I wonder how the Time Out editorial team think that political parties are run in this country?
You quite rightly took the decision to stand down your candidate Michael Hodges from the London mayoral election. We agree that standing a candidate on the popular ideals of Time Out readers is the basis for a politically confused campaign (and don't get me started on Boris Johnson...).
But where on earth did you get the idea that political parties can pay their members to go out and campaign on their behalf? I've been a member of the Labour party for the last five years, and I can't remember a single occasion when a cheque dropped through the door for my Sunday morning efforts leafleting on a Lambeth council estate. Political parties are made up of people who care about politics and have a shared set of ideals about how they want to see a country or a city like London run. And, apart from a relatively small number of full-time staff, they certainly don't expect monetary renumeration for their efforts.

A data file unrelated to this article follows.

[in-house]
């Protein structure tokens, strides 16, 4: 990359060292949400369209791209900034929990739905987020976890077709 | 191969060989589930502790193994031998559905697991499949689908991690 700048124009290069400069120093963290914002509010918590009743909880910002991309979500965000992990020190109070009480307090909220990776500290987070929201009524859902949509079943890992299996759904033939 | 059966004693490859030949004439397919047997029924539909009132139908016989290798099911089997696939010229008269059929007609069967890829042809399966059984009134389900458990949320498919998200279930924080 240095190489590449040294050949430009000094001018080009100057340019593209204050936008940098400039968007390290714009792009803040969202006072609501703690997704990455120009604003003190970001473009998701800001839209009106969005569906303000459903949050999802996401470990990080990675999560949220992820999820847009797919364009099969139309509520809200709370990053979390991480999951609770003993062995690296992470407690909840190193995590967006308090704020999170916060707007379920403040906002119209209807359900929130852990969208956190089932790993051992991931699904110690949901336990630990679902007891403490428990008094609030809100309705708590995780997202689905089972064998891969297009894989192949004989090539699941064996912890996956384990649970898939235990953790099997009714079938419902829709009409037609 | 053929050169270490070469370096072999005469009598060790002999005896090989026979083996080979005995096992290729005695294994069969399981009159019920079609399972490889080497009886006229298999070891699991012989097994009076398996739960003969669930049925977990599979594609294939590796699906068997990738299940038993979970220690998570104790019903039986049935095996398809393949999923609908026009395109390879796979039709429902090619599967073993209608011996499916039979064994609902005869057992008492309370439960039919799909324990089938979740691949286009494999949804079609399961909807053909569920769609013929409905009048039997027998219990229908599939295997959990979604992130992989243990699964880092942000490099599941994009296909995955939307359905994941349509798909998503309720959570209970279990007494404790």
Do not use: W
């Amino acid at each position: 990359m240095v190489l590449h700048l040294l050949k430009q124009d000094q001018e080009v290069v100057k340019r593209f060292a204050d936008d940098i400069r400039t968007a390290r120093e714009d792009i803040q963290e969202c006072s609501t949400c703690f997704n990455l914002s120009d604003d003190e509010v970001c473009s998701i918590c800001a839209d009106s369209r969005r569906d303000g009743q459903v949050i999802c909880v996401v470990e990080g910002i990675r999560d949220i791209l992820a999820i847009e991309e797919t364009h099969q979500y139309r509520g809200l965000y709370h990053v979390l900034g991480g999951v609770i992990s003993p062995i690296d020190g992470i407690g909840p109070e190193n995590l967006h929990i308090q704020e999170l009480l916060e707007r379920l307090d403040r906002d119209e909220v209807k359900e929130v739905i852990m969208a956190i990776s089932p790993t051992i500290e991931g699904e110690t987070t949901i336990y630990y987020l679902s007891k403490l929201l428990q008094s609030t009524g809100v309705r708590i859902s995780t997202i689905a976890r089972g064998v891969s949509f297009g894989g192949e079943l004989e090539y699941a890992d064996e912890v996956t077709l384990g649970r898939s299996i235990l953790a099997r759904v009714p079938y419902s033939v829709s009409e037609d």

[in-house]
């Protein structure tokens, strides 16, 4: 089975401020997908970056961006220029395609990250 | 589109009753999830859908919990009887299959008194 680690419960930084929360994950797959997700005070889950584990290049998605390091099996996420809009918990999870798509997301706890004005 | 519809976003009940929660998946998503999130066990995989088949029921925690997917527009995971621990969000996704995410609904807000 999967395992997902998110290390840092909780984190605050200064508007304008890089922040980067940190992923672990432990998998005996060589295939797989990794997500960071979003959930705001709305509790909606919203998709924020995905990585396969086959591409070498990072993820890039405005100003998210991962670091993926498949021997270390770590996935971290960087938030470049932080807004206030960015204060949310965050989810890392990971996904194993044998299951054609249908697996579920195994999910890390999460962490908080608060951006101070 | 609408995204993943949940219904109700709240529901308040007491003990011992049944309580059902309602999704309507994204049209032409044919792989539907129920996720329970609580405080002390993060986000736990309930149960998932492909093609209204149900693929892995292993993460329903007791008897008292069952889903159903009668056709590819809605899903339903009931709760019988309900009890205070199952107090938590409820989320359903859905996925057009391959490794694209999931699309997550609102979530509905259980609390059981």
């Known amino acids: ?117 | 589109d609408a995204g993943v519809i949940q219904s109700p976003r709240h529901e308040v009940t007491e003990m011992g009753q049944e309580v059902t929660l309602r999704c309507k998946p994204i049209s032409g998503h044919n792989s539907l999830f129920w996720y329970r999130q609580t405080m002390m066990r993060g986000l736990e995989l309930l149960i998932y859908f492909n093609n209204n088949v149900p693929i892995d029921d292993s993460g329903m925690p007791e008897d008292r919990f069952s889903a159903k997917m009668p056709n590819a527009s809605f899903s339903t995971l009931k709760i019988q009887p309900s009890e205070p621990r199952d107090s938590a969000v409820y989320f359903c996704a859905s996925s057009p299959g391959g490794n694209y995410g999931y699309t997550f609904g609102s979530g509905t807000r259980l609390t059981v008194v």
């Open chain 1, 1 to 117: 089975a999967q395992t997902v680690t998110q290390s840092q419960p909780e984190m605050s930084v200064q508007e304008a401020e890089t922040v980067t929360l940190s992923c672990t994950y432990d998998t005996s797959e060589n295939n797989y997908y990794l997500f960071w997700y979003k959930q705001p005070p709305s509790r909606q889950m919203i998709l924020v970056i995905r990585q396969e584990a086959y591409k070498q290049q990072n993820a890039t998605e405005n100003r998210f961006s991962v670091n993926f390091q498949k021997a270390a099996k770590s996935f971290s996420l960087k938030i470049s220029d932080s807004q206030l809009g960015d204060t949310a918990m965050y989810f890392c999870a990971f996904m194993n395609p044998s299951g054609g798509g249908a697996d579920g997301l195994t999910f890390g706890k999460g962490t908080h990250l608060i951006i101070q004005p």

(Incidentally, political parties get access to the electoral rolls because they are democratically accountable to their members, unlike fringe loony magazine candidates who are accountable to whatever decisions you take over a cosy cup of tea in your editorial meeting!)
One more thing - what are the discriminatory barriers standing in the way of anyone wanting to run for election as Mayor? There is at least one genuinely independent candidate standing in the election this year - as well as representatives from every other major party. In democracies, people naturally join together to form common associations of like minded people. The 'people's manifesto' which you champion exists in every single one of the manifestos promoted by this year's candidates, no matter how much I disagree with the people in other parties. That's genuine democratic choice.